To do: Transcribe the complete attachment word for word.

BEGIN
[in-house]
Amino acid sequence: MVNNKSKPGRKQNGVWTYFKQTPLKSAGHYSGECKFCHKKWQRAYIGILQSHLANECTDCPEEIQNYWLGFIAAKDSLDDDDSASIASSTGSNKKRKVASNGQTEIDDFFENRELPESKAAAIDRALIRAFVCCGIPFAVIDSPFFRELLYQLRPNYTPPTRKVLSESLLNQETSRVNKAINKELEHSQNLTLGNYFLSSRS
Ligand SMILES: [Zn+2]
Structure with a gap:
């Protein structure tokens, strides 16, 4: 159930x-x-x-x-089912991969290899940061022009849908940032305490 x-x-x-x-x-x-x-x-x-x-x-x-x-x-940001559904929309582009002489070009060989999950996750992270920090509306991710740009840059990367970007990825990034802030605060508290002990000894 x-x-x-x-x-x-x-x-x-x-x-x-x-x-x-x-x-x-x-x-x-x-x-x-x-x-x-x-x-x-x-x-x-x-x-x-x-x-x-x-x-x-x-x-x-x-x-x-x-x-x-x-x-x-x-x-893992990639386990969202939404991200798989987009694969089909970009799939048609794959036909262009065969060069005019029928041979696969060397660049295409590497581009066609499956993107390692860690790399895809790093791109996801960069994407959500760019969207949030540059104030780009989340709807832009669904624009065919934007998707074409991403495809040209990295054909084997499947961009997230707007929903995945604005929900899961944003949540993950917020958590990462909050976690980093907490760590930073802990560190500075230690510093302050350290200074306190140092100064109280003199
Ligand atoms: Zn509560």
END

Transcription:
[in-house]
Amino acid sequence: MVNNKSKPGRKQNGVWTYFKQTPLKSAGHYSGECKFCHKKWQRAYIGILQSHLANECTDCPEEIQNYWLGFIAAKDSLDDDDSASIASSTGSNKKRKVASNGQTEIDDFFENRELPESKAAAIDRALIRAFVCCGIPFAVIDSPFFRELLYQLRPNYTPPTRKVLSESLLNQETSRVNKAINKELEHSQNLTLGNYFLSSRS
Ligand SMILES: [Zn+2]
Structure with a gap:
């Protein structure tokens, strides 16, 4: 159930x-x-x-x-089912991969290899940061022009849908940032305490 x-x-x-x-x-x-x-x-x-x-x-x-x-x-940001559904929309582009002489070009060989999950996750992270920090509306991710740009840059990367970007990825990034802030605060508290002990000894 x-x-x-x-x-x-x-x-x-x-x-x-x-x-x-x-x-x-x-x-x-x-x-x-x-x-x-x-x-x-x-x-x-x-x-x-x-x-x-x-x-x-x-x-x-x-x-x-x-x-x-x-x-x-x-x-893992990639386990969202939404991200798989987009694969089909970009799939048609794959036909262009065969060069005019029928041979696969060397660049295409590497581009066609499956993107390692860690790399895809790093791109996801960069994407959500760019969207949030540059104030780009989340709807832009669904624009065919934007998707074409991403495809040209990295054909084997499947961009997230707007929903995945604005929900899961944003949540993950917020958590990462909050976690980093907490760590930073802990560190500075230690510093302050350290200074306190140092100064109280003199
Ligand atoms: Zn509560």